I Won't Apologise For Disrespecting: The Tupperware Edition
Everyone at some stage in their life has thought they were an inventor, only to wake up the next morning and realise their invention was actually the worst idea ever. Or worse, that their worst idea ever has already been invented and made someone a millionaire.
I’m not immune to what I have dubbed ‘Thomas Edison Syndrome’ and over the years have wanted to impulsively take out patents on the following ideas: windscreen karaoke (a multimedia platform where lyrics from songs playing on the radio appear sing-a-long style while you drive), the creation of an app that tells me what to wear each morning, and my simplest idea to date, canned water.
Only one person in a generation is awarded the title of the true inventor, and in 1948 that person was Earl Tupper.
Earl Tupper invented Tupperware. He originally invented the plastic, followed by his first bell-shaped container that was used to store and transport food. Next up was the arrival of the Tupperware Party in the 1950’s – a social gathering where women invited other women into their homes during the day to purchase these food-preservation-boxes. Later in the evening, while watching The Ed Sullivan Show and marveling at how these plastic containers were not injurious compared to the blade on aluminum foil, the newly converted would plot their Tupperware takeover. One week later they would be at top of the sales pyramid, their victory short lived by the next hungry convert who would topple them off the plastic throne. This cycle would repeat itself for the next few decades, bringing us to 2015, where 1.9 million contracted salespeople are employed by Tupperware globally.
Earl Tupper invented an airtight empire.
I love Tupperware. I love the burping slurp the lid makes when you push it into place. I love that I can transport food to work without my car seat first tasting it. I love that Tupperware makes my pantry look like a colour-coordinated wardrobe. However, despite all of its merits, I disrespect Tupperware.
Tupperware is an asset to any household. It is durable, functional, and compact. It stacks together Babushka-style. Except unlike real Babushka where the novelty of finding a baby doll wears off by doll three, everyone loves baby Tupperware. How else would we transport salad dressing, or carry those three blueberries we have rationed for our mid-morning snack to work?
Tupperware has a lifetime guarantee, and because of this people pass it down generation-to-generation to really get their money's worth. Can your grandmother’s wedding ring store frozen pumpkin soup and allow it to defrost perfectly when you microwave it six months later? Tupperware is the new family heirloom. That’s why people are scared to open their pantries, because they fear a Tupperware avalanche crushing them to death. No one throws away Tupperware, except me.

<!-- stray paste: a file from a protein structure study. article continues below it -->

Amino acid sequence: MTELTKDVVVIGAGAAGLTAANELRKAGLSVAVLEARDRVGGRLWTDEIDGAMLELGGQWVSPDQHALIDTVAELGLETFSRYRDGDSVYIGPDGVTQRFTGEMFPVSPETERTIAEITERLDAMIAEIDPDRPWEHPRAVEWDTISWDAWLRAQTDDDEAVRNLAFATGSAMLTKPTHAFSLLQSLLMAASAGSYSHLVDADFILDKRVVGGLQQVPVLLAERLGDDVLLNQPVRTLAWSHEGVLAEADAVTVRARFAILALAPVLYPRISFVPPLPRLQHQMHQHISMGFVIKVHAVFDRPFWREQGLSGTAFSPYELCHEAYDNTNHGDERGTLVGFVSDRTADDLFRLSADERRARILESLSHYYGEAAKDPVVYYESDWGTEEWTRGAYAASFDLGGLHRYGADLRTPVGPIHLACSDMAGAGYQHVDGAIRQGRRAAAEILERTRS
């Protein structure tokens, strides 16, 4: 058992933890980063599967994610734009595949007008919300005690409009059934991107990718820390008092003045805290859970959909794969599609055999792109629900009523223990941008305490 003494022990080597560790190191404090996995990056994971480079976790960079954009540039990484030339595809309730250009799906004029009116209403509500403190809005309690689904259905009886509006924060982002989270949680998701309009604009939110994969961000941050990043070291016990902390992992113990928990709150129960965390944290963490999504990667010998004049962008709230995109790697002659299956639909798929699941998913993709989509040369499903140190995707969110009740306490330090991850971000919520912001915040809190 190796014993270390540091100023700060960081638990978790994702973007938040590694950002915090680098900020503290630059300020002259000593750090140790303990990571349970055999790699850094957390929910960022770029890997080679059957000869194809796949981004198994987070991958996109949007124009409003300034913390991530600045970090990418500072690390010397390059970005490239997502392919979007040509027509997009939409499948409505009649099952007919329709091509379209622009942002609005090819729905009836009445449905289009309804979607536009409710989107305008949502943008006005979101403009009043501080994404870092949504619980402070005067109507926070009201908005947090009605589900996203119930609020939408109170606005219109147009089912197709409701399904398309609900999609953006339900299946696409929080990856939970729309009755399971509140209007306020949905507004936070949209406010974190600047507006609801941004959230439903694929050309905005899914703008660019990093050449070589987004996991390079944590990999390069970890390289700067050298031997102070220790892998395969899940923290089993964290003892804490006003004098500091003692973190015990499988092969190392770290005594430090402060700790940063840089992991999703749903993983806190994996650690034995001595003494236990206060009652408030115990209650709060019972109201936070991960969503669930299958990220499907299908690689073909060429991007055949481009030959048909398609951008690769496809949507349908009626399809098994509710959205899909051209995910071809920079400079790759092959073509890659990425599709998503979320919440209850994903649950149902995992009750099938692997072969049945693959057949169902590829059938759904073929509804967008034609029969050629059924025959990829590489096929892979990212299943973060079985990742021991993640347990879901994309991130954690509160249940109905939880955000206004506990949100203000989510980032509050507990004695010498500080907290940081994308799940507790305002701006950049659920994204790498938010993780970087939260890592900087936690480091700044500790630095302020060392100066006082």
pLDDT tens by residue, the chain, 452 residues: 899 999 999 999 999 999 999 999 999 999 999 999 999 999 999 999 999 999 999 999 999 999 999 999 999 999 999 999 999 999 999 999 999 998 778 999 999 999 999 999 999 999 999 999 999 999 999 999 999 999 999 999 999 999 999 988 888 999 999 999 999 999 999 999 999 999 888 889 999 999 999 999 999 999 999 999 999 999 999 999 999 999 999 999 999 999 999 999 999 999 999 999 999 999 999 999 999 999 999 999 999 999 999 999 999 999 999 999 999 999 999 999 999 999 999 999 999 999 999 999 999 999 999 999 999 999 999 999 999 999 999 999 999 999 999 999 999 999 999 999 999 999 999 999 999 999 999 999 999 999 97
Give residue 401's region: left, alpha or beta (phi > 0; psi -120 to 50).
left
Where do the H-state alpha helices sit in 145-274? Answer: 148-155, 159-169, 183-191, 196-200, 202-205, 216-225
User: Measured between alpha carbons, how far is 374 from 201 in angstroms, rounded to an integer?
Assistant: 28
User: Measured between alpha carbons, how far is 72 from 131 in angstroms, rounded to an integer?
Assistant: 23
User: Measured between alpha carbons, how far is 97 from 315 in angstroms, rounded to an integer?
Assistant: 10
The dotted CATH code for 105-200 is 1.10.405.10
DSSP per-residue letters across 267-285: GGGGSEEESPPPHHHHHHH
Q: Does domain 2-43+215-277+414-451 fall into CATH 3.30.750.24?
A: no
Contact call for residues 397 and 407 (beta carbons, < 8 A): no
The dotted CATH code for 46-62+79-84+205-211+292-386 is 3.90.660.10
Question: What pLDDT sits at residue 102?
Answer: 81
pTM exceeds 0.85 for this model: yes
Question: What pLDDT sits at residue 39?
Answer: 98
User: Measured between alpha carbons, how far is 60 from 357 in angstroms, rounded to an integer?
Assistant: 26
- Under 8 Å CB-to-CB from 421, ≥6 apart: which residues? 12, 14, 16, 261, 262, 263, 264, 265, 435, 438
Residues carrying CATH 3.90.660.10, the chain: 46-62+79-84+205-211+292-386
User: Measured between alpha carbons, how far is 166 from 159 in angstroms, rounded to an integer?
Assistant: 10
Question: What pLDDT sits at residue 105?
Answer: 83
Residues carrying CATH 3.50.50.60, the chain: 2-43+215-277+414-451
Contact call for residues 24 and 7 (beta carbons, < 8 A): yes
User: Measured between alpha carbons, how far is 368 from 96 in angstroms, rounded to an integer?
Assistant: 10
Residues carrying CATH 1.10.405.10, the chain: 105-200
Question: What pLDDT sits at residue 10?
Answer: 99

As soon as I take Tupperware out of the pantry it is a death sentence.
The prettiest ones with the best coloured lids die first. My intentions are good I promise. One day I hope to have grandchildren and I want to give them something sentimental – a plastic container that I’ve spent every lunch break with for the past 40 years is what Lifetime Movies are made of. The reality is my Tupperware relationships are much shorter.
Everything goes smoothly up until the point where I have just about finished eating/emptying the contents of the container, at which point I will do one of the following things:
Deliberately leave two mouthfuls in the container, pop the lid back on and put it back in the fridge to avoid washing it. Then ignore it, if you stare at something long enough you will soon stop seeing it.
Delude myself that I will wash the container when I get home (see: put in the dishwasher) and put the container in the backseat of my car. I will pull into my driveway, glance at the container in the backseat, and tell myself I will instead wash it at work tomorrow. This game of ping pong will go on for some time until I drive over speed hump a little faster than usual one day and the container disappears into 'under-the-car-seat-exile' – a great result for everyone involved.
Muster up the energy to wash the container at work and leave it on the dish wrack to dry. FOR THREE MONTHS. I will do this again and again, leaving the Tupperware at work until I am relegated to bring cling wrapped dinner plates to work as a substitute.
If the Tupperware is fortunate to survive this first stage of abuse, its likely it will not escape the untimely wrath of stage two. WARNING: If you give me your Tuppeware to borrow, I will never give it back. If I give you my Tupperware to borrow, I will abandon it and won’t remember I gave it to you. I have even accidentally melted Tupperware by leaving it on the stove until it resembled Salvador Dali’s Melting Watches. I have on occasion reunited with long lost forgotten Tupperware, and similarly to long lost relatives, it/they should stay lost for a reason - because I have found science experiments growing inside of those plastic containers that not even a Forensic specialist could identify. This led me to to commit the biggest Tupperware sin of all – I have thrown it straight in the bin. I love Tupperware but refuse to be at the mercy of the container that carries my food no matter how mesmerising its lid is, and for that I won't apologise.
Illustration by Alice Oehr.